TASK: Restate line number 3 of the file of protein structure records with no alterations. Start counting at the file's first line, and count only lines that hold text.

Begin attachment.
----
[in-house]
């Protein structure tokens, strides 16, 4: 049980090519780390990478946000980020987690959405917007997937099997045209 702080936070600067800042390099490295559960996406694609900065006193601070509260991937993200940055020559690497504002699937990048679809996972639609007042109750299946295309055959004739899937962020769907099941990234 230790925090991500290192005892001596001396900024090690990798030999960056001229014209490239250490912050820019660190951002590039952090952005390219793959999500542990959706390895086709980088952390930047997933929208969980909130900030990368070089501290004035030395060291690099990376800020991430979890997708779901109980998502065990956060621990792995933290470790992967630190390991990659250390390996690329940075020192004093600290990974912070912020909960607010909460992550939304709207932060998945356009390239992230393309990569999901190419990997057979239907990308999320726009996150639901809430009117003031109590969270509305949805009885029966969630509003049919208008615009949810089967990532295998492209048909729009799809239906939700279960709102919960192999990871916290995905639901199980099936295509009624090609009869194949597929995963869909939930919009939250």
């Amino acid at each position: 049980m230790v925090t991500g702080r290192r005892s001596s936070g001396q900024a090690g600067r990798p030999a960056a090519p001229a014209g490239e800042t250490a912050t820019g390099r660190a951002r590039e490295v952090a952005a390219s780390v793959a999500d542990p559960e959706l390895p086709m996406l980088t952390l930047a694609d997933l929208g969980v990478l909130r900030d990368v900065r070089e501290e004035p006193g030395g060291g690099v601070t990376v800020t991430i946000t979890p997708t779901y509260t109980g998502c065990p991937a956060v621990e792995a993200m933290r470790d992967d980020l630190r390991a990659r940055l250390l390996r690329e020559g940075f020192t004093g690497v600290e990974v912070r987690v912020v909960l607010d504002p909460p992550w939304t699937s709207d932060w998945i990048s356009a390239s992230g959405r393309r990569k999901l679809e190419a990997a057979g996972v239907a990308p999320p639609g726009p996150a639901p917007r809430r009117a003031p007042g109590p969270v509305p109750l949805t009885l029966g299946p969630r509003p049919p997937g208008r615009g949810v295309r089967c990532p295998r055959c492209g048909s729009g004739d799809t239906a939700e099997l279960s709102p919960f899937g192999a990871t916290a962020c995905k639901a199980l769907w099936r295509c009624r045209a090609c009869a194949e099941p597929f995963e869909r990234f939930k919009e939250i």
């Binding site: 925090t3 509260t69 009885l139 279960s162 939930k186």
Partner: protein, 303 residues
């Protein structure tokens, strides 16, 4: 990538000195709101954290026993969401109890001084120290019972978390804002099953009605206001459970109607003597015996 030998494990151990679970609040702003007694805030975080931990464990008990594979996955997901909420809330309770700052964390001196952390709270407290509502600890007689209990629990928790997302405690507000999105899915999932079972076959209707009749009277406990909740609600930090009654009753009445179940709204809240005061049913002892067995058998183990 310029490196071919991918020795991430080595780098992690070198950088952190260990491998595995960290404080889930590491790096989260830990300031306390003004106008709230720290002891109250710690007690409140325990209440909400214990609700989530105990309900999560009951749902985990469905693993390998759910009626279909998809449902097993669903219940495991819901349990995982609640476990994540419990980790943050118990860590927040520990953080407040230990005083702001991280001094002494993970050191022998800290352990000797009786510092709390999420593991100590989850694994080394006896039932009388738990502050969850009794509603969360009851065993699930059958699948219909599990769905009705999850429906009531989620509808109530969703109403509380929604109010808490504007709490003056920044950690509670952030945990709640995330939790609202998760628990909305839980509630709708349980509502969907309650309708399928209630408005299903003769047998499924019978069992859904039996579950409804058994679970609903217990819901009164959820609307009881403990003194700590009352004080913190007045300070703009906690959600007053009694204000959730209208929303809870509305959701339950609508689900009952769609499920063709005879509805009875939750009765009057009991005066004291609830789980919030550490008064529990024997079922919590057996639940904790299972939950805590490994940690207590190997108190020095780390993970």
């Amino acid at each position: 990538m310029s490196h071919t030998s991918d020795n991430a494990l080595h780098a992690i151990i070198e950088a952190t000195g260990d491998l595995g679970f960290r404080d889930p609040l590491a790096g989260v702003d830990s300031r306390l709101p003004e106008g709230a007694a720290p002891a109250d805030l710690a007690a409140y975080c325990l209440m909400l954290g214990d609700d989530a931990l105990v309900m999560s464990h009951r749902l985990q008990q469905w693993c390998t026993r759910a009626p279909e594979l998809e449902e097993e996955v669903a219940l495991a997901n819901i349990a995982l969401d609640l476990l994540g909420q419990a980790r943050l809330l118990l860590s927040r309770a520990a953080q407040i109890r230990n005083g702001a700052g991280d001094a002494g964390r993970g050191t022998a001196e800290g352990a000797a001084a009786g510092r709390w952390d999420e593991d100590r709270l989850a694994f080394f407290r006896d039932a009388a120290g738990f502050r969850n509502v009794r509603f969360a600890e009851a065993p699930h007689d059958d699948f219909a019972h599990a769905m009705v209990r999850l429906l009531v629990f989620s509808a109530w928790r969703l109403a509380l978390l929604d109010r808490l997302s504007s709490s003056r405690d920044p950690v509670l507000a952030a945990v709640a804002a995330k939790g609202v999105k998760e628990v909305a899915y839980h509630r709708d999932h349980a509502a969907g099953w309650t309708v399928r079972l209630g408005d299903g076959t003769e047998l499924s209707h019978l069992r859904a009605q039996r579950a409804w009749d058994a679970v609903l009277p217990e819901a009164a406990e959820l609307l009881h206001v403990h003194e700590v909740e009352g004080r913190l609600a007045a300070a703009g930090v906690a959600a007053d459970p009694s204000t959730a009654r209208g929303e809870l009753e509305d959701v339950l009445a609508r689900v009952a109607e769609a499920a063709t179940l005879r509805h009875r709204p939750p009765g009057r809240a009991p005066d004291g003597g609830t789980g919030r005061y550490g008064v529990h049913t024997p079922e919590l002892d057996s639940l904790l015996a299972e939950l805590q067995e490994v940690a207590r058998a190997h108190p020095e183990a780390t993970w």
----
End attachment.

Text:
């Amino acid at each position: 049980m230790v925090t991500g702080r290192r005892s001596s936070g001396q900024a090690g600067r990798p030999a960056a090519p001229a014209g490239e800042t250490a912050t820019g390099r660190a951002r590039e490295v952090a952005a390219s780390v793959a999500d542990p559960e959706l390895p086709m996406l980088t952390l930047a694609d997933l929208g969980v990478l909130r900030d990368v900065r070089e501290e004035p006193g030395g060291g690099v601070t990376v800020t991430i946000t979890p997708t779901y509260t109980g998502c065990p991937a956060v621990e792995a993200m933290r470790d992967d980020l630190r390991a990659r940055l250390l390996r690329e020559g940075f020192t004093g690497v600290e990974v912070r987690v912020v909960l607010d504002p909460p992550w939304t699937s709207d932060w998945i990048s356009a390239s992230g959405r393309r990569k999901l679809e190419a990997a057979g996972v239907a990308p999320p639609g726009p996150a639901p917007r809430r009117a003031p007042g109590p969270v509305p109750l949805t009885l029966g299946p969630r509003p049919p997937g208008r615009g949810v295309r089967c990532p295998r055959c492209g048909s729009g004739d799809t239906a939700e099997l279960s709102p919960f899937g192999a990871t916290a962020c995905k639901a199980l769907w099936r295509c009624r045209a090609c009869a194949e099941p597929f995963e869909r990234f939930k919009e939250i």